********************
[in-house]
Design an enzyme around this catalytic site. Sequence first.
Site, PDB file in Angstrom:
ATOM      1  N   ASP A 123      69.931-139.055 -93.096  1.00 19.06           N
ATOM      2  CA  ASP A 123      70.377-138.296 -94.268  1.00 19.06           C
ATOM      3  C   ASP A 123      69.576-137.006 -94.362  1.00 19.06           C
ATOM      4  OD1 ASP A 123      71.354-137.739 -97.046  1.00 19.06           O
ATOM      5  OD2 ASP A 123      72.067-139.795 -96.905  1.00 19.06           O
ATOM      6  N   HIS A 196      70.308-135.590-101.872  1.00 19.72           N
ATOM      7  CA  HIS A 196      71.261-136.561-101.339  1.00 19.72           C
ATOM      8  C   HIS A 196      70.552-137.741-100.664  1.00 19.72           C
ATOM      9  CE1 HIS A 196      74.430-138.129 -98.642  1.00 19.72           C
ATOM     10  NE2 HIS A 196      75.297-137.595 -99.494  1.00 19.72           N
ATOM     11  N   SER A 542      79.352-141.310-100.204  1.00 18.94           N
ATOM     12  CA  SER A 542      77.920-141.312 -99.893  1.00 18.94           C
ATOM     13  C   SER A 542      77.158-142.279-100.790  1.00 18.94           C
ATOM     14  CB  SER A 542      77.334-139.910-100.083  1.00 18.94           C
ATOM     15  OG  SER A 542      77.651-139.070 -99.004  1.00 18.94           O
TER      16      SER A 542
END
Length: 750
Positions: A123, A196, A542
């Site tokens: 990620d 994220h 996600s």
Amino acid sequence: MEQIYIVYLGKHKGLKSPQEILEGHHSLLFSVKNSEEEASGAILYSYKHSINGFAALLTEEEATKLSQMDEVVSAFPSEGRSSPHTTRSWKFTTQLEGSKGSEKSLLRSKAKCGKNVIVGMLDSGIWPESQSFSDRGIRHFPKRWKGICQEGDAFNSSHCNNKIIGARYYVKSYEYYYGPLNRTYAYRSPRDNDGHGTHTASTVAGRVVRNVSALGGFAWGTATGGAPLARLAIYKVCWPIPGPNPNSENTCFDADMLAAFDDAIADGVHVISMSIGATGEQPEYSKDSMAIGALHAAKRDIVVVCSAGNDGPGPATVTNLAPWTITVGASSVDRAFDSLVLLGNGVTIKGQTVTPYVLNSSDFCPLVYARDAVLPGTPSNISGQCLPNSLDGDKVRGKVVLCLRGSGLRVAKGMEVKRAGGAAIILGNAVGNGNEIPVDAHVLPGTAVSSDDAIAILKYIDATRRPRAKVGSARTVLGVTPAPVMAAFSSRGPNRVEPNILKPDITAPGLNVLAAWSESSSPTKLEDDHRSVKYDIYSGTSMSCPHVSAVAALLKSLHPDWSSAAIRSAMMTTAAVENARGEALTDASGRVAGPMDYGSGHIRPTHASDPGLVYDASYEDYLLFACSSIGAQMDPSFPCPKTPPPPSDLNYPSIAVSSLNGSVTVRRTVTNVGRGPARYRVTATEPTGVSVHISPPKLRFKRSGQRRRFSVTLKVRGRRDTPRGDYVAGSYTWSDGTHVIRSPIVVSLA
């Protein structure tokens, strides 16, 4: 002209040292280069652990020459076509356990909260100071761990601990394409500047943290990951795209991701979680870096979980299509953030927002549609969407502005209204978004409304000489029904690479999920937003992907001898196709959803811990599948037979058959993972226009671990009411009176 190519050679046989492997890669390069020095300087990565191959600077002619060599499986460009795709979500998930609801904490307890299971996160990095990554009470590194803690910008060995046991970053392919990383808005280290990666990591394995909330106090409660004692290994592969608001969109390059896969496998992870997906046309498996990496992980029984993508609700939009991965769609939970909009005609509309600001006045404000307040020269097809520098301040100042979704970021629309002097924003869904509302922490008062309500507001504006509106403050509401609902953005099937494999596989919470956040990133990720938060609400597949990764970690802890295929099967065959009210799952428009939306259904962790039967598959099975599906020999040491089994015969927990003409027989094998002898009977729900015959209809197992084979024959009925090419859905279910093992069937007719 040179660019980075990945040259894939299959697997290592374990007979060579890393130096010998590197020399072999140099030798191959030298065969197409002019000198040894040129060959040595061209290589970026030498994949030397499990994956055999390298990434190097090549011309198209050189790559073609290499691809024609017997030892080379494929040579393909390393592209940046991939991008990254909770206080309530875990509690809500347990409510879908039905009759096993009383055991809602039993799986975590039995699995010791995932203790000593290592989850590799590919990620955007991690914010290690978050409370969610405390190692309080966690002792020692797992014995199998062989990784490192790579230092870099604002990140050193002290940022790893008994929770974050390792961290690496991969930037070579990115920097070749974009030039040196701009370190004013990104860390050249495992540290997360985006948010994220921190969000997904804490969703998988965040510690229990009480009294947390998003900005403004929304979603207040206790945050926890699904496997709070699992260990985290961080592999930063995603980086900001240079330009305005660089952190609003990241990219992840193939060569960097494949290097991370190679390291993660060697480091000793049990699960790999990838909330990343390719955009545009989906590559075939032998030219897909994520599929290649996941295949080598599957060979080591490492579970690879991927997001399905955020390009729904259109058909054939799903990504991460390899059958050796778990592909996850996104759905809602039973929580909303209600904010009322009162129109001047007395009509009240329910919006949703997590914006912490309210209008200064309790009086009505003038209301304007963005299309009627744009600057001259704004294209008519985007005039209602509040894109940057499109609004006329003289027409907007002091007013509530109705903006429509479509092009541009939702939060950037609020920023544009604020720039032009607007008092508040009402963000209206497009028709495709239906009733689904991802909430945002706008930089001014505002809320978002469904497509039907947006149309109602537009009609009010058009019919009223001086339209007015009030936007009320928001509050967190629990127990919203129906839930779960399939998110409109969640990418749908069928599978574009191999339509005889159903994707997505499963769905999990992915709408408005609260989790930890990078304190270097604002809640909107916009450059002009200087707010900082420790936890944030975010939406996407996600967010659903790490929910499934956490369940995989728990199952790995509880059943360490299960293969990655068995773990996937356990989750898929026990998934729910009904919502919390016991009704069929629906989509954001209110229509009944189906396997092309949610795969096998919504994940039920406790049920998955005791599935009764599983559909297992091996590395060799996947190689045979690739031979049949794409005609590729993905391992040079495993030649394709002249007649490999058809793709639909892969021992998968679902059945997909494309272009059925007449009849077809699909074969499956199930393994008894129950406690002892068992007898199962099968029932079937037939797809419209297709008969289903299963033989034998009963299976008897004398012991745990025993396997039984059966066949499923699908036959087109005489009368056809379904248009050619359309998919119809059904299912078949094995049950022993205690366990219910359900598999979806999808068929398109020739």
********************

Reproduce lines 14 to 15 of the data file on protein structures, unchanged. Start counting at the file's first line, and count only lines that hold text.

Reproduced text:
ATOM     11  N   SER A 542      79.352-141.310-100.204  1.00 18.94           N
ATOM     12  CA  SER A 542      77.920-141.312 -99.893  1.00 18.94           C